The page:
If there’s something most of us can agree on in this divisive age, it’s that Home Alone is one of the all-time great Christmas movies. Released 30 years ago this month, director Chris Columbus’ box office record-breaking effort isn’t just a heart-warming festive family comedy – it’s also the ultimate wish fulfilment fantasy for any pre-teen kid.
That last bit is probably why those of us who grew up in the 90s have such deep-rooted affection for Home Alone. Macaulay Culkin’s eight year-old Kevin McAllister getting the run of the house and then going head-to-head with pair of hapless burglars isn’t just the story that helped define our childhoods – it’s the story that defined what we wished our childhoods were, too.
But has anyone else actually watched Home Alone lately? If you haven’t, I’ll let you in on a little secret: if you look past its nostalgia value, this Yuletide classic is a lot more messed up than you remember it!
Comedic pratfalls that make you wince
Take Home Alone’s slapstick violence. As a kid, it’s side-splittingly hilarious to watch Kevin spring his ingenious booby traps on Joe Pesci’s Harry and Daniel Stern’s Marv. As an adult, the sight of somebody’s head being set ablaze by a blowtorch or whacked with a paint can is enough to make you queasy.
I’m not saying that Harry and Marv don’t deserve what’s coming to them. On the contrary, they’re opportunistic lowlifes who not only terrorise a small child but also rob people’s houses at Christmas – they’re ideal candidates for this sort of treatment.
All the same, it’s incredibly difficult to switch off the part of your grown-up brain that’s trained to calculate your own chances of surviving a similar predicament (I’ll save you the effort: you would die).
Toss in the gnawing feeling that young Kevin’s juvenile glee borders on downright sadism – not to mention that his knack for crafting elaborate torture devices would make a serial killer blush – and Home Alone starts to seem like a decidedly darker affair than it was when you were eight.
Questionable moral messages
The violence in Home Alone isn’t the only aspect of the film likely to give older viewers pause, though.
There’s also a subplot that revolves around Old Man Marley, Kevin’s scary neighbour and rumoured serial killer, who – after revealing himself to be a sensitive, thoughtful, kind and loving individual – comes to epitomise the old idiom “Don’t judge a book by its cover”.
And look, I’m not saying this isn’t a valuable lesson for kids to learn, or that it’s not in keeping with the spirit of good will and charity that characterises the season. However, it’s also a tad… simplistic.
Let’s be honest: sometimes it is a good idea to tread carefully around the shady, anti-social, elderly neighbour. At the risk of indulging my inner cynic here, Kevin got lucky that Marley was the kind of intimidating old bloke poised to come to the rescue of a young kid, and not the kind prone to stuffing them in his freezer alongside his Christmas leftovers!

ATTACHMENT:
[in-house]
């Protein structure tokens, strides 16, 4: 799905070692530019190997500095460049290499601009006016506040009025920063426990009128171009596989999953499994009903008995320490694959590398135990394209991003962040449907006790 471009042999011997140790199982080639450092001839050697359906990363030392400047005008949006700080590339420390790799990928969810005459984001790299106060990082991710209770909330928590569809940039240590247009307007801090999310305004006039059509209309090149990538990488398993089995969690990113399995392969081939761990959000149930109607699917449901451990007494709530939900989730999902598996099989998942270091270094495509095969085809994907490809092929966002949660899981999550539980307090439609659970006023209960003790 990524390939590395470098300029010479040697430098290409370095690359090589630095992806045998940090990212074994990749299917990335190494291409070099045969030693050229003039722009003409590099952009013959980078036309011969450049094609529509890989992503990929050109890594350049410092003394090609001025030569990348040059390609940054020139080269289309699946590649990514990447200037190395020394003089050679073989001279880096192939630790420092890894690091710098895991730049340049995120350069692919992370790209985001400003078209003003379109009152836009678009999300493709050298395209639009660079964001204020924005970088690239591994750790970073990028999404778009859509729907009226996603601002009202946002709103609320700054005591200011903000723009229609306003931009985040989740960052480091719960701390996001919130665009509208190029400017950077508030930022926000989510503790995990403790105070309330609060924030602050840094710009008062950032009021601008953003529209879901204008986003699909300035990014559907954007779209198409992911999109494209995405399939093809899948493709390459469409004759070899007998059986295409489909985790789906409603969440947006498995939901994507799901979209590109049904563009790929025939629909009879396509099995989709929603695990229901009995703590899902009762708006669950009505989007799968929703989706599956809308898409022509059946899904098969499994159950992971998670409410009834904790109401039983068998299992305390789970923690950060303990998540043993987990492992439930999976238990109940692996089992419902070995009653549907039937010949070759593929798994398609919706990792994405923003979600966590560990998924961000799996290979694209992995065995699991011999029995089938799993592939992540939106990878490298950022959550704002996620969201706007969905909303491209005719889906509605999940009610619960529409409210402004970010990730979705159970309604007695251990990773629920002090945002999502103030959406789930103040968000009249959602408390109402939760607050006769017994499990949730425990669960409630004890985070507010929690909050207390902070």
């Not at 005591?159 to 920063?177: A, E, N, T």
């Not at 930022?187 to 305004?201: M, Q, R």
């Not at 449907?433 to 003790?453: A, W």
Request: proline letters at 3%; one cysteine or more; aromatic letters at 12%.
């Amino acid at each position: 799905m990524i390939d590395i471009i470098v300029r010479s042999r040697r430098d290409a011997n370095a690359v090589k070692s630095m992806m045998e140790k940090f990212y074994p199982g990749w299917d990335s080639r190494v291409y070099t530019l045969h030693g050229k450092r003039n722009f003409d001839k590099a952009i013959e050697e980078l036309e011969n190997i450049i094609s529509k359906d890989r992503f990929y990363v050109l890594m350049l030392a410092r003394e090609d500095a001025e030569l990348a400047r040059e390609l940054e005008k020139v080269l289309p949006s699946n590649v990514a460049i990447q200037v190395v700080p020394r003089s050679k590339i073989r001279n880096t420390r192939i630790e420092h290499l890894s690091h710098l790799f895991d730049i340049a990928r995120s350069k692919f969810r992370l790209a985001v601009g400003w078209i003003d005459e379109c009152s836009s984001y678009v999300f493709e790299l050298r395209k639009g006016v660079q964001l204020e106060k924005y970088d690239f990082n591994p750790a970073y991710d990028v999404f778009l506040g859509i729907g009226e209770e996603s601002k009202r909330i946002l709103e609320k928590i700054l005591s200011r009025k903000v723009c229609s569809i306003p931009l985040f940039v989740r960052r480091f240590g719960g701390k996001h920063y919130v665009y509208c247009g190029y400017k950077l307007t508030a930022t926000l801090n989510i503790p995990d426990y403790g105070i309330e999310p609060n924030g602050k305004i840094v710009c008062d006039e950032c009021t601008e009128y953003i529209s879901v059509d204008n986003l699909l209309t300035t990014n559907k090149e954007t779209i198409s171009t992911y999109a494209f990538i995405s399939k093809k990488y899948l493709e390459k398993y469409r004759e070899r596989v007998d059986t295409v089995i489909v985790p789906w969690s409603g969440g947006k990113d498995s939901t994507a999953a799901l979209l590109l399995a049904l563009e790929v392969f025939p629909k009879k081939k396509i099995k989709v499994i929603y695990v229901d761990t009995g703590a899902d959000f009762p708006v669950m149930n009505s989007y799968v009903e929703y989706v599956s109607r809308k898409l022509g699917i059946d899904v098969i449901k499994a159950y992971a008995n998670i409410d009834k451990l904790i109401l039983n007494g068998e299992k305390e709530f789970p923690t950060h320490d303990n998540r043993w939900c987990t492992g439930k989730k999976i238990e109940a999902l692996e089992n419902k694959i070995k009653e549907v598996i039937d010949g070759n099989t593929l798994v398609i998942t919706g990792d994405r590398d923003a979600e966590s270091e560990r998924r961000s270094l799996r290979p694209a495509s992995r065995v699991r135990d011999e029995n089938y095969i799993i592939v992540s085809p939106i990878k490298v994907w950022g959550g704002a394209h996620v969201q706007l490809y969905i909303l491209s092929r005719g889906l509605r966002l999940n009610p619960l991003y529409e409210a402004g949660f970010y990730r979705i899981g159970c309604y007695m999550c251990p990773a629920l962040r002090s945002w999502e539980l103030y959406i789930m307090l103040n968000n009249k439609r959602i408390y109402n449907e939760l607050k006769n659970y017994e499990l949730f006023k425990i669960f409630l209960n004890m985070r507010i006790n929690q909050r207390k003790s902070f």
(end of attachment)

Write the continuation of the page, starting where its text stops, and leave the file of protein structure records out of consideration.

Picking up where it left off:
Family – who needs ‘em?
But perhaps my biggest gripe with Home Alone now that I’m older and wiser is his family.
I don’t mean his obnoxious older siblings – although eldest brother Buzz is truly a douche bag for the ages – or his shit heel Uncle Frank, either. If you take a closer look, his loving parents Kate and Peter are kinda the worst, too!
Now, Columbus wants us to accept that Kevin’s folks deserve a free pass for failing to notice he was missing, simply because they were in a mad rush to get the family to the airport on time for the flight to Paris. But being a good parent is like being a good soldier: you don’t leave anybody behind, ever!
What’s worse, they don’t even realise poor Kevin is absent until they’re halfway to Europe! Seriously: there’s no buddy system between older and younger siblings at the airport, no (proper) head count of the kids prior to take off – nothing!
Sure, Peter and Kate are suitably horrified when they realise their mistake and try unsuccessfully to get everybody back home to Chicago the moment the plane lands.
Kate in particularly goes above and beyond to get home to Kevin as soon as possible, but let’s face it: this all smacks of justifiable guilt rather than parental devotion – and they weren’t so ashamed that they didn’t make the exact same mistake again two years later…
A movie better remembered than revisited
In their iconic, Academy Award-nominated original song written for Home Alone, John Williams and Leslie Bricusse employ the phrase “Somewhere in my memory” as a recurring lyric.
Perhaps that’s also the best place for Home Alone to live on for older viewers like me, now that we’ve outgrown this bonafide Christmas classic’s simple charms. It’s either that or we accept that this flick is way less wholesome now than it was when we were kids dreaming about running wild and outsmarting robbers – and really, who wants to do that?